Tim, and by extension, The Lillingtons, in general, are the same capricious but lovable and surprisingly emotional wise guys I met nineteen years ago.  The whole band is so fucking unassuming as to make me scratch my silvered head in utter bemusement. Whether you catch them in a small conversation or on a huge stage the bulk of them are still the same Wyoming-bred boys who packed groceries in a market or dug deep holes in a mine with a piece of machinery that could easily roll over and flatten a car. Yet now they have become legends in their own right. And the quiet roar of excitement this wedding has generated is an outward sign of this privacy-meets-public dance anyone of notoriety has to deal with. But this is The Lillingtons and they interact with members of other bands of notoriety always with a bit of fanboy excitement in their eyes, yet not hiding this to look cool or equal, but allowing themselves to be both the modest targets of fandom and simultaneously to be unabashed fans themselves.  They are an anomaly of otherwise mundane complexity.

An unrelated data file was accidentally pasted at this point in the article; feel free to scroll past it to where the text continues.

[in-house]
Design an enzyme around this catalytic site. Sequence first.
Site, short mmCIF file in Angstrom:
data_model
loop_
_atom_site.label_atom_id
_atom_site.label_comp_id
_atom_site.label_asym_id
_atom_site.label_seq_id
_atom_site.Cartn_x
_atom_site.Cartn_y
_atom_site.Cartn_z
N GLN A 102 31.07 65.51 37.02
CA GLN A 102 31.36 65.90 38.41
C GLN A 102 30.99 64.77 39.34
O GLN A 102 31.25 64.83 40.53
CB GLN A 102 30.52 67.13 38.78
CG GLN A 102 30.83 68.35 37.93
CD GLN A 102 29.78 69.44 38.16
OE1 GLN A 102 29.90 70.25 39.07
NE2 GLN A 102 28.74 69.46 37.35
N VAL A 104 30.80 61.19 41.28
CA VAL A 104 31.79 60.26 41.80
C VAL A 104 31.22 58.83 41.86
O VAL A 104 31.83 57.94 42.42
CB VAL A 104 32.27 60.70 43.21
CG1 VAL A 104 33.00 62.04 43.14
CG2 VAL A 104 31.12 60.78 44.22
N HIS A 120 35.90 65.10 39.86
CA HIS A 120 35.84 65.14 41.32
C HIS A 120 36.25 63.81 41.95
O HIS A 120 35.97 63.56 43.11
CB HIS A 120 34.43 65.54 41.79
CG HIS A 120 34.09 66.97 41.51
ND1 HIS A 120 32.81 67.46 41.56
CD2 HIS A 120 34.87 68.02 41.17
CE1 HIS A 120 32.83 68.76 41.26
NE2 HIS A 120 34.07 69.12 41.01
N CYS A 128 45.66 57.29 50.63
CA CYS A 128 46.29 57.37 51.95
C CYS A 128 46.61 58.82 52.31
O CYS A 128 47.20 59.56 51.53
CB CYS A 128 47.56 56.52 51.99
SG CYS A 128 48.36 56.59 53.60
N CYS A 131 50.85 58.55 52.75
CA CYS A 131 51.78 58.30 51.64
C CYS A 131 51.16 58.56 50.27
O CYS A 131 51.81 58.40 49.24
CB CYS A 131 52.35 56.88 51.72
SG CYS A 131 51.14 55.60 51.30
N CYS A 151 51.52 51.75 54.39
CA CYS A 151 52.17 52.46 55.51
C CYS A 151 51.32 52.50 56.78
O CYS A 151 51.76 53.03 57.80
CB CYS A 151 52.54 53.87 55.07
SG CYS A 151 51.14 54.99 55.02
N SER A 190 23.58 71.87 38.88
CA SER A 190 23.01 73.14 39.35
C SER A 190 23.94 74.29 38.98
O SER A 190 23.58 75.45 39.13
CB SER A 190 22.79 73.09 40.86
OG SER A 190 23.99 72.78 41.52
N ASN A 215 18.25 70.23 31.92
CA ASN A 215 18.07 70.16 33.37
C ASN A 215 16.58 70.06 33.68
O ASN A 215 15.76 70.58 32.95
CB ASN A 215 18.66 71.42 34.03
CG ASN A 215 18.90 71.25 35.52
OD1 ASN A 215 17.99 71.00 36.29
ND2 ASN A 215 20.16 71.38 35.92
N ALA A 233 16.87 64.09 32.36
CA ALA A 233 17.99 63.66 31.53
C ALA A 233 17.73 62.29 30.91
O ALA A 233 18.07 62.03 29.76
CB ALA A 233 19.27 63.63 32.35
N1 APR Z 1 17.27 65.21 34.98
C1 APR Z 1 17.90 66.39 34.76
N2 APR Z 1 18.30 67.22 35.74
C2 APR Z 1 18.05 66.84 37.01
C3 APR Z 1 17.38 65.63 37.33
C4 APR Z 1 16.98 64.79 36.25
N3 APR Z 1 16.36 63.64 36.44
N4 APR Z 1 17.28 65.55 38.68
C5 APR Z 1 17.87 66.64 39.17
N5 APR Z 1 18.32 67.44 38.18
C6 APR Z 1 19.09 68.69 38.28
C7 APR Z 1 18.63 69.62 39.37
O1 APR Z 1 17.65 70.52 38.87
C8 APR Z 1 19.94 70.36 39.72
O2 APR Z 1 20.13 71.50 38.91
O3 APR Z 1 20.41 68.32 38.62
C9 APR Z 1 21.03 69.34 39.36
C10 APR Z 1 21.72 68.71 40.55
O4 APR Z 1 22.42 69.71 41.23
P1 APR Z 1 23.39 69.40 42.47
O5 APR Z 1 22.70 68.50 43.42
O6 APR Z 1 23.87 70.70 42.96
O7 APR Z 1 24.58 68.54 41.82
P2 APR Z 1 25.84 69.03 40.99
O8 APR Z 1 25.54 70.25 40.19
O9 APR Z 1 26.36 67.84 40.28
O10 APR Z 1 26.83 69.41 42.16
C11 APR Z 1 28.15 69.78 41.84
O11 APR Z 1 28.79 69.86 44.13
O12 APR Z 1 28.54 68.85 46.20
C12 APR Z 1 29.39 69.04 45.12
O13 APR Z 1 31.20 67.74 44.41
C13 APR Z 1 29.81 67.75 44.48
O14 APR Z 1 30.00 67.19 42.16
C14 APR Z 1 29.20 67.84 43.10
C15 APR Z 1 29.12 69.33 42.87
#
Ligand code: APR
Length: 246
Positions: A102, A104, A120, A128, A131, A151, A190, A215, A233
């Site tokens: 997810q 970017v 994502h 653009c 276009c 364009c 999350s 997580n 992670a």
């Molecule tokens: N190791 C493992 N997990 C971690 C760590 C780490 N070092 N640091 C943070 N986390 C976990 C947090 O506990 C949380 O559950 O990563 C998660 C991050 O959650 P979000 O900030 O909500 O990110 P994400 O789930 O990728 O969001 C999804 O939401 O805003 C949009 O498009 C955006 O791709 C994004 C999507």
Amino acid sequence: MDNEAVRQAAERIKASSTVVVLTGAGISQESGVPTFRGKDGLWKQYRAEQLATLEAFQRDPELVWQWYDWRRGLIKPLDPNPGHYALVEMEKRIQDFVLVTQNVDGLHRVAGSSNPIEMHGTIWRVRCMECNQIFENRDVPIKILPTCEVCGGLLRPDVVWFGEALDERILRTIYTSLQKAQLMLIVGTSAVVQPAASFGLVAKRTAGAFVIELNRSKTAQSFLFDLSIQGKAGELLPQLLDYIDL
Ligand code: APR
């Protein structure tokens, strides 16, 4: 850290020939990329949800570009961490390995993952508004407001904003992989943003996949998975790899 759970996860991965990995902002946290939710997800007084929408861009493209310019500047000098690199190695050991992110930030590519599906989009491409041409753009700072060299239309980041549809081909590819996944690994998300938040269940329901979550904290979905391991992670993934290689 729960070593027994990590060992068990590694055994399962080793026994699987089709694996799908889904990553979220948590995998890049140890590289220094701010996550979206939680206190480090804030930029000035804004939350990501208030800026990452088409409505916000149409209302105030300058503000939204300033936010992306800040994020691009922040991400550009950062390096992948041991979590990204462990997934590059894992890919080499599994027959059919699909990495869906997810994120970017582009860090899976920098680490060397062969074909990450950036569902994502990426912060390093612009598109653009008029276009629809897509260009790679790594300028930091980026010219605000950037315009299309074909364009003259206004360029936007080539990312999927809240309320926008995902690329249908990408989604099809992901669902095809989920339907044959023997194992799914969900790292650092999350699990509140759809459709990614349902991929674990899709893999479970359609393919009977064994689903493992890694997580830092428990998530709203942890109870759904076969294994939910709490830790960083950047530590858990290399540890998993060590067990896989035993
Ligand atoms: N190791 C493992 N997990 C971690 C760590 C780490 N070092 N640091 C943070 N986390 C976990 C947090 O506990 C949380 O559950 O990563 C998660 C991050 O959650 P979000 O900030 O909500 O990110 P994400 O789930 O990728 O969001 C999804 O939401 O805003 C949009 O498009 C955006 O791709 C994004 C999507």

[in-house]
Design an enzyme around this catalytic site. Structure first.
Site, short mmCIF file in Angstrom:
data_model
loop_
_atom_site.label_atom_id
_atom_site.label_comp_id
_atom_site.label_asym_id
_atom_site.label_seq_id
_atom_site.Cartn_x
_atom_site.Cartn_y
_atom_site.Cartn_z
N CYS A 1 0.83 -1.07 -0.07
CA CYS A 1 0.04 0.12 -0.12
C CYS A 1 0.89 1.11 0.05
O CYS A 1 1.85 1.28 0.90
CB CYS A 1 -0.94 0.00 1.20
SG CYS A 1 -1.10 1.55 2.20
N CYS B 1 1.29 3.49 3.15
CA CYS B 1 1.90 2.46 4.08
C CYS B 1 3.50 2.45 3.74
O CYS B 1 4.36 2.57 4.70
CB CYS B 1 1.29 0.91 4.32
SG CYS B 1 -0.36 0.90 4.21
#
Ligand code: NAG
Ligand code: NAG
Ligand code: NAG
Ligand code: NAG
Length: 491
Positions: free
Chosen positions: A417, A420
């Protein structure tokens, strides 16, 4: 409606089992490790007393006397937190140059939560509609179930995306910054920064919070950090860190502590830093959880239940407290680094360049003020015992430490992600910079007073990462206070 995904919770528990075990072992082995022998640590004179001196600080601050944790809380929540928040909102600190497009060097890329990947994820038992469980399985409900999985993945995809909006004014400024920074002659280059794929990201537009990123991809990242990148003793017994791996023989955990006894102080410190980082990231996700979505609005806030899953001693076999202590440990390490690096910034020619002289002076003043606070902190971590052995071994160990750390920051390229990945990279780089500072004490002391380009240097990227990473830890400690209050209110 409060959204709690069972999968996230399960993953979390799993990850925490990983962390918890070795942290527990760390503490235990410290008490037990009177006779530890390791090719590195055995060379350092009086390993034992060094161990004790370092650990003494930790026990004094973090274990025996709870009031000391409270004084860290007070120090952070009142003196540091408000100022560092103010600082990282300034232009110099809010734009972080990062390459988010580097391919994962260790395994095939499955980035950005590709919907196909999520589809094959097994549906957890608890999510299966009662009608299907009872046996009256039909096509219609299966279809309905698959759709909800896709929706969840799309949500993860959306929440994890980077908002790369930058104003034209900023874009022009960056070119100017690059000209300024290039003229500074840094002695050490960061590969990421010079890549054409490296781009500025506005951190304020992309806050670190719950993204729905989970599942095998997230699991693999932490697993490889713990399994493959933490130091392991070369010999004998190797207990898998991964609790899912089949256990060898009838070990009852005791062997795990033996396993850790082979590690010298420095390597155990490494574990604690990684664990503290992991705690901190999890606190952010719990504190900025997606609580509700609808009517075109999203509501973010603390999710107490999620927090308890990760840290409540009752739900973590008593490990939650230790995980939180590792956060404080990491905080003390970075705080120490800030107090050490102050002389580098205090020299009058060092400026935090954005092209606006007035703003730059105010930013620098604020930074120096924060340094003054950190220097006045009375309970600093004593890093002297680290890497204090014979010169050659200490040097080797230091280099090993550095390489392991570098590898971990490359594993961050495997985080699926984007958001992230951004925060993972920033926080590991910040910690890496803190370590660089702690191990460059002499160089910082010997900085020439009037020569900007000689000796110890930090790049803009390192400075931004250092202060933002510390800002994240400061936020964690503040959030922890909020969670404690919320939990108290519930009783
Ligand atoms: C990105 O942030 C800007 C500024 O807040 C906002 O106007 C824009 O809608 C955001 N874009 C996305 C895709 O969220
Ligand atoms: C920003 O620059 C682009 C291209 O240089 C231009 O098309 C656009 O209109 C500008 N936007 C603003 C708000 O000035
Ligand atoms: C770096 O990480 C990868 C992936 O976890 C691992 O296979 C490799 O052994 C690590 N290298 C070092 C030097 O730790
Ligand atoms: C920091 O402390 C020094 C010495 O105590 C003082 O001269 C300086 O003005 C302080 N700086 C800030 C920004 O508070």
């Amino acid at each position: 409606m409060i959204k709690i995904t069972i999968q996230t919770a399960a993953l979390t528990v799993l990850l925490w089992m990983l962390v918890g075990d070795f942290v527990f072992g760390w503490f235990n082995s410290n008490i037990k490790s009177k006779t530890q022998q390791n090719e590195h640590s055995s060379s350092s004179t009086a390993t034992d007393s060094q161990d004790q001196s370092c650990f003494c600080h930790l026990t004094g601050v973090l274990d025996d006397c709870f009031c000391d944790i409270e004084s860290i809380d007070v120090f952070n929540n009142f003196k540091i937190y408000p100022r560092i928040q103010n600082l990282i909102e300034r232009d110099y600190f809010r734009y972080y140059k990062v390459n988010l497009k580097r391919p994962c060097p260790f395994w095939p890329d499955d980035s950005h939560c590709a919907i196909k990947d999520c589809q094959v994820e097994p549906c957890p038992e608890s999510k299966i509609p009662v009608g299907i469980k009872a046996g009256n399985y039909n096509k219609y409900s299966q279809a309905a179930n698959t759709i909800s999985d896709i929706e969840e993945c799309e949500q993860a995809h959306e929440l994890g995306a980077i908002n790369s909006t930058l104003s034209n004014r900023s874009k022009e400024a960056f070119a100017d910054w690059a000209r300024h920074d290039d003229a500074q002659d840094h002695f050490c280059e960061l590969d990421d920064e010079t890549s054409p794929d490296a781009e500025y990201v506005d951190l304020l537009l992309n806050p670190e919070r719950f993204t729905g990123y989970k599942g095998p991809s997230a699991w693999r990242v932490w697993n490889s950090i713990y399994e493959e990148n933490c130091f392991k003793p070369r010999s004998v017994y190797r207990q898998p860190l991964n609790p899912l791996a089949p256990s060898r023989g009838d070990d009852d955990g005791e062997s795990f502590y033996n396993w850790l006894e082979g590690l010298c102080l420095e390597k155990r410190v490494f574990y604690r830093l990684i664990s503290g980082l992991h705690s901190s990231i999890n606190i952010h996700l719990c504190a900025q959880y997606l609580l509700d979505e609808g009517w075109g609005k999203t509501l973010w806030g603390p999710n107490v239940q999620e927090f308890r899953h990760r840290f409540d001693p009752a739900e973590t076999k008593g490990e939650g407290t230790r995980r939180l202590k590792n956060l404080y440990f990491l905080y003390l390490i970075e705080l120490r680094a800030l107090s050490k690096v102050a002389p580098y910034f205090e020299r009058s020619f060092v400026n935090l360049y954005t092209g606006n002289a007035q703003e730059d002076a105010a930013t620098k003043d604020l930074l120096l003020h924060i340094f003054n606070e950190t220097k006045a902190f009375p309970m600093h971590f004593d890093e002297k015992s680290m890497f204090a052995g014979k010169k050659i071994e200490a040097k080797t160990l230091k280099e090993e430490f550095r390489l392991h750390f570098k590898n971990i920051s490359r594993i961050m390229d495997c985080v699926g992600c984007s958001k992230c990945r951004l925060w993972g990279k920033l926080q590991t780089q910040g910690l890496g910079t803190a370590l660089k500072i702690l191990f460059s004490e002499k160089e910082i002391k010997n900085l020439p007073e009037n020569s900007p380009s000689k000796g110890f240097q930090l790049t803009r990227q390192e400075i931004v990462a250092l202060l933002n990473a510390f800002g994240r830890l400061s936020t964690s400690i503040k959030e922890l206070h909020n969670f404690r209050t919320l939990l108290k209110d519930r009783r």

The Speaker pauses for a moment, first for dramatic effect, but then it turns real and he thinks of what he is about to read and tears up again and wipes his eyes with his full mammoth fist, like he did in the wedding ceremony earlier in the day.


“While in Vegas I found myself sitting at our hotel bar with Kody one night after the rest of band went to bed. We sat there talking about hopes and dreams and life in general. Kody told me how he had come to terms with being alone for the rest of his life. He was convinced there was no one in the world for him. He said he had given up on finding true love. I went to bed that night upset, thinking about my best friend’s pain. It broke my heart to think that Kody felt this way.”